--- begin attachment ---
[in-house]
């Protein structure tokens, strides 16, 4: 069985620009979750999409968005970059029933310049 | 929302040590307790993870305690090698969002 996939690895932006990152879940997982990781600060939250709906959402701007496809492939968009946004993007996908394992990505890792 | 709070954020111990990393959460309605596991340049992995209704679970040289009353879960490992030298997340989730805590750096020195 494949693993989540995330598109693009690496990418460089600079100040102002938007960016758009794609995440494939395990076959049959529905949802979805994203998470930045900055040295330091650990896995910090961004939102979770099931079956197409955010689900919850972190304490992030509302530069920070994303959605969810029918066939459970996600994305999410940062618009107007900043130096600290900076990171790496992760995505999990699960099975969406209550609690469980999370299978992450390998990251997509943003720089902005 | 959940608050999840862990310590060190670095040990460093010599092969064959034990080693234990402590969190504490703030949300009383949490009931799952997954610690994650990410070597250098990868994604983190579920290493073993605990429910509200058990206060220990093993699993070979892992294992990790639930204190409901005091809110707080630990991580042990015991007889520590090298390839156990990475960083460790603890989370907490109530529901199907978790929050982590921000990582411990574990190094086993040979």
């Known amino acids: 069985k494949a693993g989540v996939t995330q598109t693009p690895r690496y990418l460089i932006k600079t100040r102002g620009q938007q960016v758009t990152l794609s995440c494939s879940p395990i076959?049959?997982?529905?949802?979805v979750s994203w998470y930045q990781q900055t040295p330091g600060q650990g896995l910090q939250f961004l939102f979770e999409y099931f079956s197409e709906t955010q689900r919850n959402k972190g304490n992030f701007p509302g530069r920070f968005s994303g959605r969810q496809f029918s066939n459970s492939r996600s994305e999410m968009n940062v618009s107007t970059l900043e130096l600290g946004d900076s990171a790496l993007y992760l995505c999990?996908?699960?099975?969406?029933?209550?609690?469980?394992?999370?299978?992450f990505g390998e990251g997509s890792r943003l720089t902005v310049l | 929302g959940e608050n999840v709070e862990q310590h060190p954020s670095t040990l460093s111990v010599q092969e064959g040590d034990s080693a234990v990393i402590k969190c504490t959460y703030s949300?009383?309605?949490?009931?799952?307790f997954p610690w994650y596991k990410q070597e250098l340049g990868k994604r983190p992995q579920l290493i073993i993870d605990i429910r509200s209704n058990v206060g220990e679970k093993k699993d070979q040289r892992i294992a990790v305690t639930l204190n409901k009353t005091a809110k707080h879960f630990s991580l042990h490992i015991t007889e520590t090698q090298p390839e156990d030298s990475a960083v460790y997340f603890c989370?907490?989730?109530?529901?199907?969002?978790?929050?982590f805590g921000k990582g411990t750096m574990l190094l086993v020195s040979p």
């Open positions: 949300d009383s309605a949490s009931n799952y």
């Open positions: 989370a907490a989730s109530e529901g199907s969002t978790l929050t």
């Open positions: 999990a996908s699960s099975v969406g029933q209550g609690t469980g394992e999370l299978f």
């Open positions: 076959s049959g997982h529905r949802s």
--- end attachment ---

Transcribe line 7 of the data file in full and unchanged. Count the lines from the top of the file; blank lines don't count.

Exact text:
């Open positions: 076959s049959g997982h529905r949802s």